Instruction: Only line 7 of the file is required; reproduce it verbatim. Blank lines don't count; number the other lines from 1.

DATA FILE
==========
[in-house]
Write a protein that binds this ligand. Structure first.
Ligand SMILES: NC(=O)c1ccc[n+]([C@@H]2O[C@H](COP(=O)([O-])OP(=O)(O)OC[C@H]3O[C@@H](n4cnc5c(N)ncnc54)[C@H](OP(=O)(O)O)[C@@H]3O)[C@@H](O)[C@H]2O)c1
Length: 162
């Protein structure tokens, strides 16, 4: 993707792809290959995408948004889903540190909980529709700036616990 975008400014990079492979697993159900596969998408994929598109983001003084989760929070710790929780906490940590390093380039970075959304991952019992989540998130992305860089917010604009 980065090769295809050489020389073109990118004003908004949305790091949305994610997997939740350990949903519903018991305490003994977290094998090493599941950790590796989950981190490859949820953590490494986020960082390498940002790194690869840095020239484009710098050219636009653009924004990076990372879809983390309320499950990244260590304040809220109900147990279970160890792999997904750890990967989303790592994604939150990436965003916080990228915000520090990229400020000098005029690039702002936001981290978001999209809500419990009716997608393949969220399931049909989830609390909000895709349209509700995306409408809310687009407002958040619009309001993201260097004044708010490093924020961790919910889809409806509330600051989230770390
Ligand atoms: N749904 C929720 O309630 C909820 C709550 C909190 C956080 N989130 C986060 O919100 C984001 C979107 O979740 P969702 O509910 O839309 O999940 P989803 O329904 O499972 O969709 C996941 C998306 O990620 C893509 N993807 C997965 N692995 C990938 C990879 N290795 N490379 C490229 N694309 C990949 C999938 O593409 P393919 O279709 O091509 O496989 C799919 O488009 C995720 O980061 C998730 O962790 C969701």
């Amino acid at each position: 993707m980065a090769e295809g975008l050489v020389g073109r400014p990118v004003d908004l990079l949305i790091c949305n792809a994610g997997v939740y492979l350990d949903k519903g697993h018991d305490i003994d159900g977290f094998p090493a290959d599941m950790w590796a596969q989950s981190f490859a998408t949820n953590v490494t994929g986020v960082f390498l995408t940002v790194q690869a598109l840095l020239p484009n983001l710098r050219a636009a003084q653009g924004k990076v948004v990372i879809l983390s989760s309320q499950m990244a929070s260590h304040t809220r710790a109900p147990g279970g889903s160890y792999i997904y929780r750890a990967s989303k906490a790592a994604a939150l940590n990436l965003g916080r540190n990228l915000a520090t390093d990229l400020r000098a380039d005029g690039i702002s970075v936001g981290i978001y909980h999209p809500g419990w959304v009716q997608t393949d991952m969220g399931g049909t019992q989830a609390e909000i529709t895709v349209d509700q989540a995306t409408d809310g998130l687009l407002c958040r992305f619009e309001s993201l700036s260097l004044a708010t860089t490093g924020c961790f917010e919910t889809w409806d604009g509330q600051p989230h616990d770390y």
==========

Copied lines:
């Amino acid at each position: 993707m980065a090769e295809g975008l050489v020389g073109r400014p990118v004003d908004l990079l949305i790091c949305n792809a994610g997997v939740y492979l350990d949903k519903g697993h018991d305490i003994d159900g977290f094998p090493a290959d599941m950790w590796a596969q989950s981190f490859a998408t949820n953590v490494t994929g986020v960082f390498l995408t940002v790194q690869a598109l840095l020239p484009n983001l710098r050219a636009a003084q653009g924004k990076v948004v990372i879809l983390s989760s309320q499950m990244a929070s260590h304040t809220r710790a109900p147990g279970g889903s160890y792999i997904y929780r750890a990967s989303k906490a790592a994604a939150l940590n990436l965003g916080r540190n990228l915000a520090t390093d990229l400020r000098a380039d005029g690039i702002s970075v936001g981290i978001y909980h999209p809500g419990w959304v009716q997608t393949d991952m969220g399931g049909t019992q989830a609390e909000i529709t895709v349209d509700q989540a995306t409408d809310g998130l687009l407002c958040r992305f619009e309001s993201l700036s260097l004044a708010t860089t490093g924020c961790f917010e919910t889809w409806d604009g509330q600051p989230h616990d770390y």